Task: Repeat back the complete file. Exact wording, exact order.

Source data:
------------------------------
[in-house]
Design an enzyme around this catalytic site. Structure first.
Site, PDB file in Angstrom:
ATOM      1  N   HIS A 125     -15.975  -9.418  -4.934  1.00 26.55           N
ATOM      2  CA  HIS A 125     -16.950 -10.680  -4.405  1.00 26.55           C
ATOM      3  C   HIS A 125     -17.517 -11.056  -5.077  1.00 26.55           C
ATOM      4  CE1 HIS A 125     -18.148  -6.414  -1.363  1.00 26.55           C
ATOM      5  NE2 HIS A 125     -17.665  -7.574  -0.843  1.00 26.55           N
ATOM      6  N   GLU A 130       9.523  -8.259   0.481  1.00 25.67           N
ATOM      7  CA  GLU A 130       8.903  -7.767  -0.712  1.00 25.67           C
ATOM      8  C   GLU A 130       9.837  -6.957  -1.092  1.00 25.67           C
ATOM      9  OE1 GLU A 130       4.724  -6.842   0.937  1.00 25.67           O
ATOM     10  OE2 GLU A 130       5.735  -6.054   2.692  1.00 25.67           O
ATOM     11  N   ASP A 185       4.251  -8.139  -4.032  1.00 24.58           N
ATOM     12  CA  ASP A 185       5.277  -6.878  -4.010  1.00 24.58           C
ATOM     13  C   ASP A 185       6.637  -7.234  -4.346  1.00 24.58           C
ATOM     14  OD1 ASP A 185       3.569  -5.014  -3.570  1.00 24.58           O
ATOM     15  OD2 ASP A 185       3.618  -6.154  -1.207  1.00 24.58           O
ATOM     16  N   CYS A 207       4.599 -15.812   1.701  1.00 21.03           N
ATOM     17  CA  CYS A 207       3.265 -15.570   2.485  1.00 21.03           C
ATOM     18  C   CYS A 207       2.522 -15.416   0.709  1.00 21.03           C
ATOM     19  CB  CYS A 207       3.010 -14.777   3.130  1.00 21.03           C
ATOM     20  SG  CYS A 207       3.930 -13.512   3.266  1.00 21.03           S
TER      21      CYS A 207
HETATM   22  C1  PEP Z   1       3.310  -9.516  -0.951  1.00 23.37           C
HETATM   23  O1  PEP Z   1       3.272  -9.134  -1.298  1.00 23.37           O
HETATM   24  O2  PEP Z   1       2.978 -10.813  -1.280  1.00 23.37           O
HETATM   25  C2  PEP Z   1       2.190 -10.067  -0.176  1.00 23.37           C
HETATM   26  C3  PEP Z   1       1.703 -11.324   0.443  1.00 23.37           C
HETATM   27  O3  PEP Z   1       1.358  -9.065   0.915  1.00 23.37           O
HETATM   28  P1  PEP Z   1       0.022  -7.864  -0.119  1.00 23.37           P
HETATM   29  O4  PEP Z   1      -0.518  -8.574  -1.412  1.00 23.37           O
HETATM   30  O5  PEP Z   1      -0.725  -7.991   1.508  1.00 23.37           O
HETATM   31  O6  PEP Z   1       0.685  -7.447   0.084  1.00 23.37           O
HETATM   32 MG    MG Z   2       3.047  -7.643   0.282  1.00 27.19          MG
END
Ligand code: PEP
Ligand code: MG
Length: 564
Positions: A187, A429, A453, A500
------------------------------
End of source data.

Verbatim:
[in-house]
Design an enzyme around this catalytic site. Structure first.
Site, PDB file in Angstrom:
ATOM      1  N   HIS A 125     -15.975  -9.418  -4.934  1.00 26.55           N
ATOM      2  CA  HIS A 125     -16.950 -10.680  -4.405  1.00 26.55           C
ATOM      3  C   HIS A 125     -17.517 -11.056  -5.077  1.00 26.55           C
ATOM      4  CE1 HIS A 125     -18.148  -6.414  -1.363  1.00 26.55           C
ATOM      5  NE2 HIS A 125     -17.665  -7.574  -0.843  1.00 26.55           N
ATOM      6  N   GLU A 130       9.523  -8.259   0.481  1.00 25.67           N
ATOM      7  CA  GLU A 130       8.903  -7.767  -0.712  1.00 25.67           C
ATOM      8  C   GLU A 130       9.837  -6.957  -1.092  1.00 25.67           C
ATOM      9  OE1 GLU A 130       4.724  -6.842   0.937  1.00 25.67           O
ATOM     10  OE2 GLU A 130       5.735  -6.054   2.692  1.00 25.67           O
ATOM     11  N   ASP A 185       4.251  -8.139  -4.032  1.00 24.58           N
ATOM     12  CA  ASP A 185       5.277  -6.878  -4.010  1.00 24.58           C
ATOM     13  C   ASP A 185       6.637  -7.234  -4.346  1.00 24.58           C
ATOM     14  OD1 ASP A 185       3.569  -5.014  -3.570  1.00 24.58           O
ATOM     15  OD2 ASP A 185       3.618  -6.154  -1.207  1.00 24.58           O
ATOM     16  N   CYS A 207       4.599 -15.812   1.701  1.00 21.03           N
ATOM     17  CA  CYS A 207       3.265 -15.570   2.485  1.00 21.03           C
ATOM     18  C   CYS A 207       2.522 -15.416   0.709  1.00 21.03           C
ATOM     19  CB  CYS A 207       3.010 -14.777   3.130  1.00 21.03           C
ATOM     20  SG  CYS A 207       3.930 -13.512   3.266  1.00 21.03           S
TER      21      CYS A 207
HETATM   22  C1  PEP Z   1       3.310  -9.516  -0.951  1.00 23.37           C
HETATM   23  O1  PEP Z   1       3.272  -9.134  -1.298  1.00 23.37           O
HETATM   24  O2  PEP Z   1       2.978 -10.813  -1.280  1.00 23.37           O
HETATM   25  C2  PEP Z   1       2.190 -10.067  -0.176  1.00 23.37           C
HETATM   26  C3  PEP Z   1       1.703 -11.324   0.443  1.00 23.37           C
HETATM   27  O3  PEP Z   1       1.358  -9.065   0.915  1.00 23.37           O
HETATM   28  P1  PEP Z   1       0.022  -7.864  -0.119  1.00 23.37           P
HETATM   29  O4  PEP Z   1      -0.518  -8.574  -1.412  1.00 23.37           O
HETATM   30  O5  PEP Z   1      -0.725  -7.991   1.508  1.00 23.37           O
HETATM   31  O6  PEP Z   1       0.685  -7.447   0.084  1.00 23.37           O
HETATM   32 MG    MG Z   2       3.047  -7.643   0.282  1.00 27.19          MG
END
Ligand code: PEP
Ligand code: MG
Length: 564
Positions: A187, A429, A453, A500